Saturday, June 22, 2019

The last two weeks

The first week started with a report of a rarity growing near Brecon:
Greater Broomrape, Gorfanhadlen fawr or Orobanche rapum-genistae

This is a rare plant nationally and declining in Brecknock so it was good to hear of a previously unknown population from Phil. Like other members of its genus, this grows on the roots of another plant so does not need leaves or chlorophyll. This species grows on Gorse or Broom (and other woody members of that family) so there should be plenty of host plant for it around here! Maybe we don't inspect Gorse bushes enough. In this case the Gorse in question had been severely cut back - maybe prompting the plant underground to send up flowering spikes.


I went to the Llyn Brianne Dam area the next day, mainly for a guided geological session but did make some records of local specialities.
Just out of county looking south from the dam.
We lunched here (Soar y Mynydd Chapel).
This was abundant but not yet flowering on some of the rocks in the area:
Sheep's-bit, Clefryn or Jasione montana (at Stanner Rocks in Radnorshire).


Then the BIS Bioblitz at a farm near Hay saw two of us fighting our way up the local stream to see what was growing. There was a lot of Woodruff:
Woodruff, Briwydd bêr or Galium odoratum
Growing with Wild Garlic, Allium ursinum, and Dog's Mercury, Mercurialis perennis, in this picture.
The Wild Garlic was abundant. Ray Woods (coming in the other direction) spotted Alternate-leaved Golden Saxifrage first and it was quite abundant in calcareous flushes:
Alternate-leaved Golden-saxifrage, Eglyn bob yn eilddail or Chrysosplenium alternifolium 
Leaves scattered in a calcareous woodland flush. 

And there was this to talk about around us as we had our lunch in the farmyard:
Annual Pearlwort, Corwlyddyn unflwydd or Sagina apetala 


I called in on a road verge in Pontsticill where we had seen dried husks of a member of the Pink Family (Caryophyllaceae) in November. This wasn't what I expected:
Corncockle, Bulwg yr ŷd or Agrostemma githago 
An arable weed of the past but, in this case probably derived from a wild flower seed mixture. Still it adorns the verge well. We had been checking out the Brecon Mountain Railway:


A foray down the upper reaches of the Honddu (Brecon's river that joins the Usk there) led to a long list of records and we visited this cliff on one of the tributary streams where Wood Bitter-vetch was found in 1988. It's still there, clinging on and avoiding the sheep that have led to it not being elsewhere in the area.
Wood Bitter-vetch, Ffacbysen chwerw or Vicia orobus 
North of Upper Chapel on a cliff face. 


Finally, last Thursday we were set a challenge at the Caring for God's Acre meeting near Beulah (Eglwys Oen Duw) where we were told of a record from 1991 for Ivy-leaved Bellflower for the graveyard. It's not classic habitat for this but we looked, I missed it, and then Steph spotted it when peering down to examine a Heath Speedwell that one of the participants had asked about.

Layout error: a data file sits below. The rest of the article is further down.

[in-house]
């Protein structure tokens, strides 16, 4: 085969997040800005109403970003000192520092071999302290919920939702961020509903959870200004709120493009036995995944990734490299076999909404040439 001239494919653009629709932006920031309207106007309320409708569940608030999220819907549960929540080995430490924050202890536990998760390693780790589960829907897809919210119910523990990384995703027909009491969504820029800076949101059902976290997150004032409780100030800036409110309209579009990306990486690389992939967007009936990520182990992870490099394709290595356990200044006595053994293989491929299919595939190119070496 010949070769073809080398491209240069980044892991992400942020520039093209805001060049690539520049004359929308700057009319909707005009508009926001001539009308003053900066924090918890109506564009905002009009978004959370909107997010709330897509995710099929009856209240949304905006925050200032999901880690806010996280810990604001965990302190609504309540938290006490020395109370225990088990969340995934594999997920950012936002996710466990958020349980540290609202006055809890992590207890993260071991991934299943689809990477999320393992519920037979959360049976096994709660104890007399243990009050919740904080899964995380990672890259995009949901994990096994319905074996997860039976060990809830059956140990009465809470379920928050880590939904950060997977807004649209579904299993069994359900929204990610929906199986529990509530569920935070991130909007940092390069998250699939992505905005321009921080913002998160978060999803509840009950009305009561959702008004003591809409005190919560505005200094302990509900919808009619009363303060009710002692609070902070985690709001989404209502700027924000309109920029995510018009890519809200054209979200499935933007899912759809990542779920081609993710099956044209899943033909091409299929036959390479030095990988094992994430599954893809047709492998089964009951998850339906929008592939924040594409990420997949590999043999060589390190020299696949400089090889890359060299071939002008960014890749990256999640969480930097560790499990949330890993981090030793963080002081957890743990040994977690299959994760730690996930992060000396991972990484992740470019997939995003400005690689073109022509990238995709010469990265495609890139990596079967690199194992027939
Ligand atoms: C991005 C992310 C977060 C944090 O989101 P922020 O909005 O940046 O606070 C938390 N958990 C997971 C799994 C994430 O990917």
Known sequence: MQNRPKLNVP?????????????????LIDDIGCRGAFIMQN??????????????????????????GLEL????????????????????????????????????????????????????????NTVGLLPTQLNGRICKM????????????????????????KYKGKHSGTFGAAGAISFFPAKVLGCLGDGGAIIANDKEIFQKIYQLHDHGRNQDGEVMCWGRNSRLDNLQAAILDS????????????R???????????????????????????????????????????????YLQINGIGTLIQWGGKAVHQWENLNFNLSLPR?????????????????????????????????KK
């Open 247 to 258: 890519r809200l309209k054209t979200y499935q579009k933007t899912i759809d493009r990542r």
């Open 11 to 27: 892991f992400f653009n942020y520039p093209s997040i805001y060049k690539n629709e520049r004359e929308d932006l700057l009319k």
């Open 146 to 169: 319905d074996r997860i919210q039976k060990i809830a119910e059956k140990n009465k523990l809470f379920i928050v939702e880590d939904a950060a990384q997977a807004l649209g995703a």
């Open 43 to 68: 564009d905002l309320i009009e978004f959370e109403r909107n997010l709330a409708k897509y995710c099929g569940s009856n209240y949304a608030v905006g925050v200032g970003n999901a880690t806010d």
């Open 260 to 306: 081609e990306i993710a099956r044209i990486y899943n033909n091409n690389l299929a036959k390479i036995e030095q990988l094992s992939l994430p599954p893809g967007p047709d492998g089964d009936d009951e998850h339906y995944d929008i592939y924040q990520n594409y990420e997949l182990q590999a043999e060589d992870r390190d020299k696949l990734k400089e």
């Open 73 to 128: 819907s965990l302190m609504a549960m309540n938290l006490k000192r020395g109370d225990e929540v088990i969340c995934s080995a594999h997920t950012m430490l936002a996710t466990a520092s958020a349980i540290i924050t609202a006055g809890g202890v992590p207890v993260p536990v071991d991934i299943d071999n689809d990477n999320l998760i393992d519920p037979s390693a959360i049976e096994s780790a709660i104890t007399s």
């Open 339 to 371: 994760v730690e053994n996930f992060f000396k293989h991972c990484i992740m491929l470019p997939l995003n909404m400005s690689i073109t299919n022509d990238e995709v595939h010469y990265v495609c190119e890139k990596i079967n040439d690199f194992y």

Ivy-leaved Bellflower, Clychlys dail eiddew or Wahlenbergia hederacea 
That is the confirmatory picture from my phone (after some more looking around we found one flower) but here is a nice picture of this lovely little flower from the east of the Abergwesyn Commons:
After the meeting, Sue and I did some more recording in the area, finding a good patch of Wood Horsetail and some Cow-wheat:
Wood Horsetail, Marchrawnen y coed or Equisetum sylvaticum
Common Cow-wheat, Gliniogai or Melampyrum pratense

Sunday, June 09, 2019

Busy Times

Three outings in a week. First to common land above Talgarth to get explore an area not looked at for Brecon Botany for a while and where we soon saw:
Ivy-leaved Crowfoot, Crafanc-y-frân dail eiddew or Ranunculus hederaceus
- which we see much less than Round-leaved Crowfoot here. This was the one that inhabited this area though.

Also near where we parked as this Birch which had all the hallmarks of Betula celtiberica (now Betula pubescens subspecies celtiberica I believe).

The older members of the party took the easier route to the headwaters of the Rhiangoll, crossing over a low part of the Dragon's Back, but young Steph offered to take a look higher up and found this on rocks.
Hairy Rock-cress, Berwr-y-cerrig blewog or Arabis hirsuta
- the first record for this 10km square since Shiela Leitch found it not far away at a similar height in 1972.


Then some explorations near the Wye at Newbridge with Ray Woods where we saw another water-crowfoot in a quiet bend in the river.
Common Water-crowfoot, Crafanc-y-frân y dŵr or Ranunculus aquatilis

Ray took us to see the Stone Bramble that grows in a wood there.
Stone Bramble, Corfiaren or Rubus saxatilis


Finally to a section of the A40 - or the paths and streams either side of it between Trecastle and Halfway. I had just had a report of a splendid display of Pyrenean Lilies just by the road so we had to check that out.

Pyrenean Lily, Lili ddrewllyd or Lilium pyrenaicum
Obviously not native but equally obviously happy in their new home.

The Honeysuckle could be quite rampant.
Honeysuckle, Gwyddfid or Lonicera periclymenum

Needless to say a lot of records were made - many of them being plants that haven't been recorded for some time in the areas we visited.